David Dallas is retiring from rap tomorrow. You know how I know? He told me so over a cup of coffee he desperately needed while neck-deep in a 48-show, three-month tour with Aer and Yonas; a whirlwind trek that, to him, felt like President Obama’s and Mitt Romney’s just-concluded–albeit never-ending–presidential campaigns.
He explained the whole touring experience in a small coffeehouse in Seattle – a city that’s as close to his native New Zealand in terms of weather and scenery but still a world away. His one word to describe it all: surreal.
“There are certain things, you’re familiar with them because it’s sh*t that I’ve seen on TV because we grew up with American media,” Dallas explained. “Like the way kids will act toward their parents, stuff like that, kind of makes me laugh. College bros, it’s the kind of things that you’ve seen on sitcoms, and it’s actually like that.”
One major reason Dallas is even able to tour in the states is his added popularity thanks to his odd couple collaboration with Gary, Indiana’s own Freddie Gibbs, “Caught In A Daze.” The duet came together when a mutual friend of both Gibbs and Dallas’s manager brought them together.
“I had been listening to “Boxframe Cadillac,” and I was kind of like, What can I get this guy on, because I’m like this random New Zealand guy, and this guy is this super G dude?” David recalled. A basic loop of horns, his verses, and the hook to “Caught In A Daze” were sent over to Gibbs, who promptly returned his verse. The rest is history, with live instrumentation, guitars, bass, and keys adding to the mix.
“I figured, if we were going to have Freddie Gibbs [in the video] and it was going to have American imagery, I wanted to show some New Zealand footage, but the funny thing is, people still think that the stuff in New Zealand is in LA, and I’m like, ‘Nah’.”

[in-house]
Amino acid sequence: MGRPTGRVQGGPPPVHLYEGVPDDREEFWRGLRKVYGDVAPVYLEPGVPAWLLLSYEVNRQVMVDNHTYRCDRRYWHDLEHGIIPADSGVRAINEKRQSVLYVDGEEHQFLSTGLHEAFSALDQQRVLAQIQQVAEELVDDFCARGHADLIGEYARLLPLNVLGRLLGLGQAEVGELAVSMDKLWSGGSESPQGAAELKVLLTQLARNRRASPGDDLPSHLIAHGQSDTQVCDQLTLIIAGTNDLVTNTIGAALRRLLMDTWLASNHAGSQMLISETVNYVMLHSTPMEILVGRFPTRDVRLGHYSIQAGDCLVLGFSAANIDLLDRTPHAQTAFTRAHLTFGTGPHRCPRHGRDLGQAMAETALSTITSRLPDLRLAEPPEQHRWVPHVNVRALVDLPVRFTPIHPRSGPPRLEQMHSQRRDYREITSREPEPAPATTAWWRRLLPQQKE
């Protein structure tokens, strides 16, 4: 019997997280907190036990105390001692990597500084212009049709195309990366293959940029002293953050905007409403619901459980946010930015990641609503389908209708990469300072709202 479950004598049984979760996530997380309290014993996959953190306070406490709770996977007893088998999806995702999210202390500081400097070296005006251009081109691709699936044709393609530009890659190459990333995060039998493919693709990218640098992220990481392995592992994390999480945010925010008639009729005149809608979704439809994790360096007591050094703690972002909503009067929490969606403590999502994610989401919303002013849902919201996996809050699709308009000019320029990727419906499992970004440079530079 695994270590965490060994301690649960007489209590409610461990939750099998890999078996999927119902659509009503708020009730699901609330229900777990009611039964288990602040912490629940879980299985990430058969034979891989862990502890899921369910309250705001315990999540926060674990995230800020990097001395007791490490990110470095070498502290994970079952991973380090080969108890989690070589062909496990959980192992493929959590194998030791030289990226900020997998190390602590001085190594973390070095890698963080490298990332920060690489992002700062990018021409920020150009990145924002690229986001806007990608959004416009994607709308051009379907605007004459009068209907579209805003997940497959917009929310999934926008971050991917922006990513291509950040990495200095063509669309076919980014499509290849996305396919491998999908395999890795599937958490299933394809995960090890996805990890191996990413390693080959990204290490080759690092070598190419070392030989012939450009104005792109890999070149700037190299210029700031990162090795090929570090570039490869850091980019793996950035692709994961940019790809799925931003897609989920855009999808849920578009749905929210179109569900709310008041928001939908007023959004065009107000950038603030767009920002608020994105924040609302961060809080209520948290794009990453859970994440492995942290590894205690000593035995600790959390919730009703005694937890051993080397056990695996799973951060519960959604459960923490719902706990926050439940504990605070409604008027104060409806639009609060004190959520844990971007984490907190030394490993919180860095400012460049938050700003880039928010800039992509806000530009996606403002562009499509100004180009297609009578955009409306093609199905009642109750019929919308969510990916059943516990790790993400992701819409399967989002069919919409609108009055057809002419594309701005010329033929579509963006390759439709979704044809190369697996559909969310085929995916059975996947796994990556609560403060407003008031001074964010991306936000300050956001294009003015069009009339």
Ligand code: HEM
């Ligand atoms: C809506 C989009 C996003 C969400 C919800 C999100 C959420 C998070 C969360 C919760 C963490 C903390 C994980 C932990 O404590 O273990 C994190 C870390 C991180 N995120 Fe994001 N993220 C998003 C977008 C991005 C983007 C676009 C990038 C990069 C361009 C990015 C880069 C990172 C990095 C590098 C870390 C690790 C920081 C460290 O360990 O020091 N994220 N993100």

Before long, since all-age shows start notoriously early, we settled into The Buffalo Man EP, David’s recent collection of tunes that was inspired by British rock band Jamiroquai.
His last video, “Ever Get The Feeling,” canned New Zealand’s breath-taking scenery with a remote controlled flying camera, an homage to a man’s home he’s left indefinitely to ply his trade as a Hip-Hop artist. Though indicative to the project as a whole, David explained, “that song in particular is definitely a throwback more to what [I] used to do [with my old group, Frontline], because it was aggressive and darker.” That murkiness might throw off American fans, but it’s all gravy for his fans back home who are used to David’s in-your-face rhyming days in his former Hip-Hop group.
Dallas credits that aesthetic transition back to his early roots solely to his longtime production partners, Fire & Ice, who lead David away from the halcyon sound of his Rose Tint EP.
“Because we were taking Jamiroquai’s music, that kind of dictated everything,” he explained. “It was the stuff that Fire & Ice chose to sample, [and] I was just kind of like this is what they’ve chosen to do, this is the realm that I’m working in.”
While being on the road afforded him the perfect opportunity to meet new fans, and perform his newer, rawer material, David Dallas still maintains one answer when asked about what’s next.
“Nothing. I’m quitting tomorrow,” Dallas quips, before we both burst into laughter.
He’s joking. I think.
“I just want to do an acoustic video for this song called ‘Spend A Lifetime,’ which is on Buffalo Man, and features Daniel Merriweather,” he said. “So we’re trying to line that up, but getting me and Daniel in the same place will be tough.”
Or perhaps it wasn’t as tough to assemble as he thought. Here are Daniel and David in a studio when a Kiwi and an Aussie were both in LA, performing the heartfelt song, precisely how David envisioned it.